Conductivity testing device


To make a simple device to test the conductivity of objects and find out whether they are good or bad conductors of electricity.

Materials required:

1. A small flashlight bulb.
2. A battery.
3. A shoe box.
4. Three pieces of wire, each around 10 cms long.
5. Duct tape.
6. Different conductors to be tested, such as a metal coin, a plastic comb, a piece of paper, a dish of water, etc.


1. Make a small hole on the top of the shoebox and insert the flashlight bulb into it so that the protruding end goes into the box while the head of the bulb stays outside.
2. Tape the battery onto the bottom of the shoebox on the inside of the box.
3. Tape the end of a wire to the positive end of the battery and another wire to the negative end of the battery.
4. Connect the wire from the positive of the battery to the metal tip of the bottom of the bulb.
5. Tape one end of the third wire to the metal ring on the side of the bulb.
6. Connect the free end of this wire to the free end of the wire connected to the negative terminal of the battery. If the bulb light up, the connections are right and the device is ready.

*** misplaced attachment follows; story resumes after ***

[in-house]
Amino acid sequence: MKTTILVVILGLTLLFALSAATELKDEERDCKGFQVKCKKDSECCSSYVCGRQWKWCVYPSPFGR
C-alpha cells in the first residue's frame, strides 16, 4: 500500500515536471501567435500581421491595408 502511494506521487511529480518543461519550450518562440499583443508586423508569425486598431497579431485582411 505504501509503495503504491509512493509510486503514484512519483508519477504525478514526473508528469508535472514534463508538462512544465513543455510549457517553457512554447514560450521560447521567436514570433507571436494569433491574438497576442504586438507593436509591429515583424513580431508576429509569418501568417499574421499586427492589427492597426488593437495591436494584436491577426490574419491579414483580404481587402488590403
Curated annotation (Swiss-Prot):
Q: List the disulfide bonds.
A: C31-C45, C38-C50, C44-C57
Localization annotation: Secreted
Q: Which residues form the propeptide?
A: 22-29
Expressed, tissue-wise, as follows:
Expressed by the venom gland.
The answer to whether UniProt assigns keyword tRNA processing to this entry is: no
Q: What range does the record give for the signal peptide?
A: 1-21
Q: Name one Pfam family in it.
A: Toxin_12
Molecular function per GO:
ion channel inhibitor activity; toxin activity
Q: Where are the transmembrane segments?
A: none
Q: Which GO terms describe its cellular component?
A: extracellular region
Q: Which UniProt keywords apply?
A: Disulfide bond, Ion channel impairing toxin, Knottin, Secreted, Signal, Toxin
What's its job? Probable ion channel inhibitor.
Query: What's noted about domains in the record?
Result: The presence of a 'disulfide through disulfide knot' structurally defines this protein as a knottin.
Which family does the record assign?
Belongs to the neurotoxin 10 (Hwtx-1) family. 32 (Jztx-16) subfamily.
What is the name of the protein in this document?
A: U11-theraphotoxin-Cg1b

7. Now connect the free end of the third wire and the wire coming from the negative terminal of the battery to different objects in turn. When connected to the metal coin you will observe that the bulb lights up. When connected to the plastic comb it will not light up. Thus you can distinguish the good conductors from the bad ones. When good conductors are connected to the device the bulb will light up. When the bad ones are connected, the bulb will either not light up or will light up feebly if the object is not a complete insulator.

Scientific explanation:

The flashlight bulb lights up when the circuit is complete with the battery connected. When different objects are connected in the circuit, the circuit is completed only when good conductors are connected. When insulators like the plastic comb are connected, the current does not flow through the circuit and the bulb does not light up.